Are you considering bailing a friend or a loved one out of jail, but you aren't sure how the bail bonds process works? If so, you aren't alone. In fact, many people assume that because they don't have all of the money to cover the amount of the bail set by the judge that their loved one has to stay in jail. Fortunately, that's not true. Learn more about how the bail bonds process works before you decide to co-sign a bail bond.
Not Everyone Can Co-Sign a Bail Bond
Unfortunately, bail bondsmen don't just allow anyone to co-sign for a bail bonds. After all, they need to make sure that they will get their money back. So, in order to co-sign for a bail bond, you need to be a US citizen, have stable credit, and have lived in the same area for a significant amount of time. While most cases warrant the co-signer to meet all of these requirements, the requirements can vary by state. So, don't assume that you aren't eligible to co-sign the bail bond before you talk to the bail bondsman.
What Happens When You Co-Sign a Bail Bond?
Generally, when you co-sign a bail bond, you'll pay 10 percent of the bail amount ordered by the court and the bail bondsman pays the remaining 90 percent. This means, if your loved one's bail is set at $10,000, you'll need to pay $1,000 up front. If the bail bondsman doesn't think that you have enough funds to pay the entire bail amount if needed, you might also be required to put up your house or car to secure the loan. Once you pay the fee and the bail bondsman pays the bail, your loved one will be released from jail until his or her scheduled court date.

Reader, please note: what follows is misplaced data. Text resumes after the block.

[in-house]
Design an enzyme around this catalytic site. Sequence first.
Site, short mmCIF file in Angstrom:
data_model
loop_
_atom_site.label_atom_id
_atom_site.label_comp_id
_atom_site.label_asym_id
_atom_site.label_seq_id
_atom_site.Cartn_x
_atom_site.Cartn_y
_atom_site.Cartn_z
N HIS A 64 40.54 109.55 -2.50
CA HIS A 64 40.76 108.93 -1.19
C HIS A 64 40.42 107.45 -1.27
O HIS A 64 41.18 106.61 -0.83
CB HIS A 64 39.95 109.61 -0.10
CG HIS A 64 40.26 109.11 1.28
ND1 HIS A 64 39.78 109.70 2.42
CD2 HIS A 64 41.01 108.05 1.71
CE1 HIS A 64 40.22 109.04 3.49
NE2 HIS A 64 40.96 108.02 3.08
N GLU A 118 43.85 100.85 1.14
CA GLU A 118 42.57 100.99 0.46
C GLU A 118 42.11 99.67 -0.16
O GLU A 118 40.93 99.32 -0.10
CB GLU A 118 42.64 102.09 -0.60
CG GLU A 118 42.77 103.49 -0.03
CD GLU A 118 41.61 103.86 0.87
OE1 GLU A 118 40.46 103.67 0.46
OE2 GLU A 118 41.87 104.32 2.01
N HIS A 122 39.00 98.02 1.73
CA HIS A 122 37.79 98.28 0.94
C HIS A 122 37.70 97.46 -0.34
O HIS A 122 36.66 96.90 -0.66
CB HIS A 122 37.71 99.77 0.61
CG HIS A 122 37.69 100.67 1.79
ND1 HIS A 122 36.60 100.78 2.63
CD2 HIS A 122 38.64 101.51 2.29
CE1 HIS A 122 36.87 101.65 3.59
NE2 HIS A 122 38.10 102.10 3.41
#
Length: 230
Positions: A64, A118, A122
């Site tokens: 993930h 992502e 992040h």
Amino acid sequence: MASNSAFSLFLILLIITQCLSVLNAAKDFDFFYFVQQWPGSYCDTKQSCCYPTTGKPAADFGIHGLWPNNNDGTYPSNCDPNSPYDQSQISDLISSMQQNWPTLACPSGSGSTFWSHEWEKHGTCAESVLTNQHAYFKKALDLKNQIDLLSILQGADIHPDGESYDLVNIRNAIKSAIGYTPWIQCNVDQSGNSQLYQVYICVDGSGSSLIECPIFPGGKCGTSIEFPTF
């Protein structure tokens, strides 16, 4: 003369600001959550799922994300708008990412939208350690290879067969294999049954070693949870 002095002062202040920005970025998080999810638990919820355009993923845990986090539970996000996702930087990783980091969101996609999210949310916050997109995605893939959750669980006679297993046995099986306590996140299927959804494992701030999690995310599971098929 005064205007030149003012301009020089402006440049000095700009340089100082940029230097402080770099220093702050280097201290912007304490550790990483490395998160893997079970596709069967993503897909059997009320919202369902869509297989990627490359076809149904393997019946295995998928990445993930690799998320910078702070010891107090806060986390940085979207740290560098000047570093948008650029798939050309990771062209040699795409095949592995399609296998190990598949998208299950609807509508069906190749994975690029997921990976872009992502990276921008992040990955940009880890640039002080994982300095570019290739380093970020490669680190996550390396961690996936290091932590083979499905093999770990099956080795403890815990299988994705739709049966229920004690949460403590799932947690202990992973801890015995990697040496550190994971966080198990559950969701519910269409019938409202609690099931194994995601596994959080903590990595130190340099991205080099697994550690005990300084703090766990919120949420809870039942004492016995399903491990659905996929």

If Your Loved One Skips Court, You're Responsible
When you co-sign a bail bond, you're signing a promissory note that states that if your loved one doesn't appear in court, you'll pay the full amount of the bail. So, it's extremely important that you only bail someone out of jail if you're absolutely sure that he or she will show up to the court dates when they are scheduled.
Co-signing a bail bond is a huge decision. While it does allow your loved one to get out of jail while he or she awaits trial, there are also some serious risks that you have to consider. As long as you know that the person that you're bailing out of jail will appear in court for every scheduled court date, you shouldn't have a problem dealing with a bail bondsman. You could try these guys, or a similar company, if the need ever arises.
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